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The Commerce Clause Vs. The California Progressive Agenda – Pacific Research Institute

The Commerce Clause Vs. The California Progressive Agenda

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So it would seem that Nevada Gov. Joe Lombardo has a valid legal point when he told California Gov. Gavin Newsom that he is troubled by the prospect of California’s environmental laws increasing gasoline prices in Nevada.

Isn’t it written somewhere that one state can’t enact policies that interfere with commerce between other states? Maybe in the Constitution? Maybe in Article I, Section 8, Clause 3?

This passage, known as the Commerce Clause, says that Congress shall have the power “to regulate commerce with foreign nations, and among the several states, and with the Indian Tribes.” According to Congress, the clause “​​restricts states from impairing interstate commerce.” Scholars at the Constitution Center say the clause was written in part because states had “erected an assortment of trade barriers to protect their own businesses from competing firms in neighboring states.”

“​​The Commerce Clause,” says the Cato Institute, “actually provides protections for businesses against state regulations that burden interstate commerce.”

So it would seem that Nevada Gov. Joe Lombardo has a valid legal point when he told California Gov. Gavin Newsom that he is troubled by the prospect of California’s environmental laws increasing gasoline prices in Nevada.

“Since 88 percent of Nevada’s fuels are delivered via pipeline and truck from refineries in California, it’s no surprise that California’s fuel policies significantly impact the costs and availability of fuel for Nevada residents and businesses,” Lombardo wrote in a May 14 letter to Newsom. “I wanted to express my concerns about the unintended consequences of California’s SBX1-2 legislation, which could further raise gas prices for both of our constituencies.”

Lombardo believes California “​​is getting closer to announcing a profits cap structure” under the law and asked for “an assessment of potential impacts of this approach across the West, including not only California, but Nevada and Arizona too” before the state proceeds.

“To assist with this, my Office of Energy stands ready to immediately engage in proactive conversations with the California Energy Commission.”

Newsom’s flippant response through his spokesperson (as he was probably too busy himself preparing for his Vatican climate speech):

“This is a stunt to appease Gov. Lombardo’s Big Oil donors, who contributed tens of thousands of dollars to his campaign. He’s parroting their talking points.”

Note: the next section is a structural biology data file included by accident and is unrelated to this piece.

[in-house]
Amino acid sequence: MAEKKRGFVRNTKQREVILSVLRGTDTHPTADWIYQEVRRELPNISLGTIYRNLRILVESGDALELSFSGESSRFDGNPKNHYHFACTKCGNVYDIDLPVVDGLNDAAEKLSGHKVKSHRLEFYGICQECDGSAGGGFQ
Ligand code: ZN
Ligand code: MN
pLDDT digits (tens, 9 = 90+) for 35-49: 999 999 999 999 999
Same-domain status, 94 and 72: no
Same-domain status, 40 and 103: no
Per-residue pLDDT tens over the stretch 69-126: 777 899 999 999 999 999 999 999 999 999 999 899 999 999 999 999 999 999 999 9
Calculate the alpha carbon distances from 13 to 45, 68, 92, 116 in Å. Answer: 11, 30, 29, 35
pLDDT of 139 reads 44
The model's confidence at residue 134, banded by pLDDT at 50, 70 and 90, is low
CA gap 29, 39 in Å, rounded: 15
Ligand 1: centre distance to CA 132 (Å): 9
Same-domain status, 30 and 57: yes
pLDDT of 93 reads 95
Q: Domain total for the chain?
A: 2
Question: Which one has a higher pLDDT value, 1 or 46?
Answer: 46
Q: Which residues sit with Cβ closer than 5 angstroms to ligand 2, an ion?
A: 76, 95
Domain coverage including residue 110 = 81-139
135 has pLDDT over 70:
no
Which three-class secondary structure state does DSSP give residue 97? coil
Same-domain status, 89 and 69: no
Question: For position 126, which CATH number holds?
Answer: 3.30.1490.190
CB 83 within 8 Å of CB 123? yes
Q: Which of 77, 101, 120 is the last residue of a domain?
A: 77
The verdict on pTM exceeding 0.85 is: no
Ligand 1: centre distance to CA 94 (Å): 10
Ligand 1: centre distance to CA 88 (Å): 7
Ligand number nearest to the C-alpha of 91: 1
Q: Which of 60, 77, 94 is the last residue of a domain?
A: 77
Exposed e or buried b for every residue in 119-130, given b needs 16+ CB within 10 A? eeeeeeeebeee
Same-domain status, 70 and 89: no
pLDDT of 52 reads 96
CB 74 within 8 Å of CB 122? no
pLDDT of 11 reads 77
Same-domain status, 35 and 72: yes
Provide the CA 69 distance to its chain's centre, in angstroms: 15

Those are interesting words from an office that reflexively and without critical thought repeats the lines of green groups and activists determined to send civilization back to the 19th century.

Should Lombardo pursue legal action, it wouldn’t be the first time a state’s environmental policy was challenged based on its effects outside state lines. Colorado’s Renewable Energy Standard was tested in court by plaintiffs who said the requirements the state put forward in demanding that utilities acquire 30 percent of their power from renewable sources, including those out of state, had:

  • “​​The practical effect of controlling commerce occurring entirely outside the boundaries of the state in question.”
  • And imposed “a burden on interstate commerce which is not commensurate with the local benefits secured.”

The plaintiffs lost with the court holding “that Colorado’s regime evaded Commerce Clause scrutiny because it did not consist of pure price controls.” Cato scholars nevertheless argue that the regulations have “a clear anticompetitive and protectionist effect on the interstate energy” and favor “in‐​state (complying) producers over out‐​of‐​state ones.”

California has interfered with commerce in other states before and gotten away with it. Voters passed Proposition 12 in 2018, which “established regulations for housing laying hens, veal calves, and hogs whose food products – eggs, veal, and pork – would be sold in California,” says PRI fellow Pam Lewison. It “​​also included a specific detail forcing adoption of the rules by every other state in the United States: no eggs, veal, or pork could be sold in California – regardless of place of origin – if California’s housing rules were not followed.”

Pork producers and the American Farm Bureau Federation challenged the law because it would impact their costs if they continued selling in California. The average farm was going to have to spend $3.5 million to retrofit its facilities to comply with the law. The producers were of course free to walk away but didn’t want to lose the California market because it is a lucrative one for them. The state consumes 15% of domestically produced pork but has to import almost all of it from other states as it is responsible for less than 1% of all U.S. pork production. The case went all the way to the U.S. Supreme Court, where the plaintiffs lost.

Lombardo will probably lose, too. No matter how reasonable his and other complaints are, California will fight bitterly to keep its progressive agenda on track, no matter the cost to others. Nothing is more important to California policymakers.

Kerry Jackson is the William Clement Fellow in California Reform at the Pacific Research Institute.

Nothing contained in this blog is to be construed as necessarily reflecting the views of the Pacific Research Institute or as an attempt to thwart or aid the passage of any legislation.

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